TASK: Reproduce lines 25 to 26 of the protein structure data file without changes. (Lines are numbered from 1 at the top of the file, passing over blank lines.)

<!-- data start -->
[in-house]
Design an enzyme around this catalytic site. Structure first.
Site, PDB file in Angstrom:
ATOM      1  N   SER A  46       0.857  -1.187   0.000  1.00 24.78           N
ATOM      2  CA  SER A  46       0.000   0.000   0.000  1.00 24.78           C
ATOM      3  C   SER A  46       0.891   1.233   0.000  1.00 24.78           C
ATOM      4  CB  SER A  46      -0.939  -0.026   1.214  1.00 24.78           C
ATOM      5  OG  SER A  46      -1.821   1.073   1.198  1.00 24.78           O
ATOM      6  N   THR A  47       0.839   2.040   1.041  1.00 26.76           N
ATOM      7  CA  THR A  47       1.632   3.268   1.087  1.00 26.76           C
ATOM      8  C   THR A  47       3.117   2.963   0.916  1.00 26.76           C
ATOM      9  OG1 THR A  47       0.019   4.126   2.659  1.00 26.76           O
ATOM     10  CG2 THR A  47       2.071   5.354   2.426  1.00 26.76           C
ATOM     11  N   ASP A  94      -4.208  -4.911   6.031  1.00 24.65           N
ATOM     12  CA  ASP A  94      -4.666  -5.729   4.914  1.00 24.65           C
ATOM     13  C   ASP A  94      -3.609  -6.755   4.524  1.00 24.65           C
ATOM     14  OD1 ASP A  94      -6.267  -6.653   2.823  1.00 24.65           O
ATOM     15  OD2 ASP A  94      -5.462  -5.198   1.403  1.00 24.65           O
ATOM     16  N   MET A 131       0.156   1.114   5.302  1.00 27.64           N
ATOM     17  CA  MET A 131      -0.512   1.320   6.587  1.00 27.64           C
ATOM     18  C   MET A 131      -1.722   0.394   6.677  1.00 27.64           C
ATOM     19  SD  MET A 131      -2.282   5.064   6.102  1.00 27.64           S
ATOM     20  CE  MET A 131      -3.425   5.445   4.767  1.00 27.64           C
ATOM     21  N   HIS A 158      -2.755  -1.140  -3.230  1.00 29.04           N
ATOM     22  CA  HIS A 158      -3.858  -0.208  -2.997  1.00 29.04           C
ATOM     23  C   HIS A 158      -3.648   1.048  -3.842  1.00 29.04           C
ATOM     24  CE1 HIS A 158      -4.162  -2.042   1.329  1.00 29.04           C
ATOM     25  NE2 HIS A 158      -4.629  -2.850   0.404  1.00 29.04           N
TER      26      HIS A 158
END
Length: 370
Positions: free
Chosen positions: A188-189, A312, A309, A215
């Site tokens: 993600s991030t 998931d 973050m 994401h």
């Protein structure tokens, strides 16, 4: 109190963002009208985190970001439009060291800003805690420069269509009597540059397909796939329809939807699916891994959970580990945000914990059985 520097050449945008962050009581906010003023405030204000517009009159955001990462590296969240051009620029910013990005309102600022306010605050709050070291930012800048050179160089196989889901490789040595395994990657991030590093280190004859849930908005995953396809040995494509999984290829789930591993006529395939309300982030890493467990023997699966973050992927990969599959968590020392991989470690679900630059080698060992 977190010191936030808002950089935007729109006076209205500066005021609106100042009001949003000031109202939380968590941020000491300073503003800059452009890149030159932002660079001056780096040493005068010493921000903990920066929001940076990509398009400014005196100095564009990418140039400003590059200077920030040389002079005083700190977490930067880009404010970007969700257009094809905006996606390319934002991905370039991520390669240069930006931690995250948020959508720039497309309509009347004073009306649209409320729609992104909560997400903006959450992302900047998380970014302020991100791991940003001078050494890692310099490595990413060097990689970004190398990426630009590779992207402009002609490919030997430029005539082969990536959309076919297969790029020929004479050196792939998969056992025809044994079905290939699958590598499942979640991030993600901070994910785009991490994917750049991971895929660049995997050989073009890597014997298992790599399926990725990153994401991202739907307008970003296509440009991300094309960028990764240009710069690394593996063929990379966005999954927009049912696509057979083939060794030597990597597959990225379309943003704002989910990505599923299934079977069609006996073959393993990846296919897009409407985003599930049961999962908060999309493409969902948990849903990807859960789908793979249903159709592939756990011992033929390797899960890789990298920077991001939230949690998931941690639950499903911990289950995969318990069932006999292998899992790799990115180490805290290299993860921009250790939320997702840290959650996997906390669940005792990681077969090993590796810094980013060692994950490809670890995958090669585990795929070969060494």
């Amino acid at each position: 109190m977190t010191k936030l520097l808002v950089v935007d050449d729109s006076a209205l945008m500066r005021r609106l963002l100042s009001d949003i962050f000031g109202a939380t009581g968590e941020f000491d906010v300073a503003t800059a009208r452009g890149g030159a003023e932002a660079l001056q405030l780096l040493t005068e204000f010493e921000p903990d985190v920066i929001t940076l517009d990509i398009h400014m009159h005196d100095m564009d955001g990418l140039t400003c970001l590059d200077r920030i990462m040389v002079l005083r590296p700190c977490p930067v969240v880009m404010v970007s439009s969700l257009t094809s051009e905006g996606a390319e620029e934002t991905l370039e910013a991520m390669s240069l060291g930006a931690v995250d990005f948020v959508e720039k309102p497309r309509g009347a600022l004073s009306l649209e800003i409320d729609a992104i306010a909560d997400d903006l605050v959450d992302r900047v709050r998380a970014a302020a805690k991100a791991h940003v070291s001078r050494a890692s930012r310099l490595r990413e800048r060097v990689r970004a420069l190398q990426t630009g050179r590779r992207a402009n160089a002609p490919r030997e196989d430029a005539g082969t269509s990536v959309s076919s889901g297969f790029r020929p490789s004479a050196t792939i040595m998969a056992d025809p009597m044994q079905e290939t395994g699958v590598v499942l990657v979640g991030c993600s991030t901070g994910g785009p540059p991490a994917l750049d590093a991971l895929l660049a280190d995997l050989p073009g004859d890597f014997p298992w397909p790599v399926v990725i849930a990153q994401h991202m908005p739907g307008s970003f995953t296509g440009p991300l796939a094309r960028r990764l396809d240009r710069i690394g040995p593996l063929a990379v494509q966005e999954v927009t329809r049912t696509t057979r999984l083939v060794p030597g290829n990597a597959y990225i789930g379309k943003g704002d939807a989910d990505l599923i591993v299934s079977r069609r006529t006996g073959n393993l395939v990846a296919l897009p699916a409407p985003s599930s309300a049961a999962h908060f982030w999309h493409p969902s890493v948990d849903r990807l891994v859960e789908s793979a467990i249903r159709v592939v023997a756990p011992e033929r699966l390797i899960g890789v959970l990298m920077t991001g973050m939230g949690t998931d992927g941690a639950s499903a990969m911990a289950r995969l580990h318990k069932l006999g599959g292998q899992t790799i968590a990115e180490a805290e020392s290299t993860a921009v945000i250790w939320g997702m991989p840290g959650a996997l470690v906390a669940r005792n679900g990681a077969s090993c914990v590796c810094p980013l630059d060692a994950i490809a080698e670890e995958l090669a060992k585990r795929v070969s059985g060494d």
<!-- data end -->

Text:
ATOM     22  CA  HIS A 158      -3.858  -0.208  -2.997  1.00 29.04           C
ATOM     23  C   HIS A 158      -3.648   1.048  -3.842  1.00 29.04           C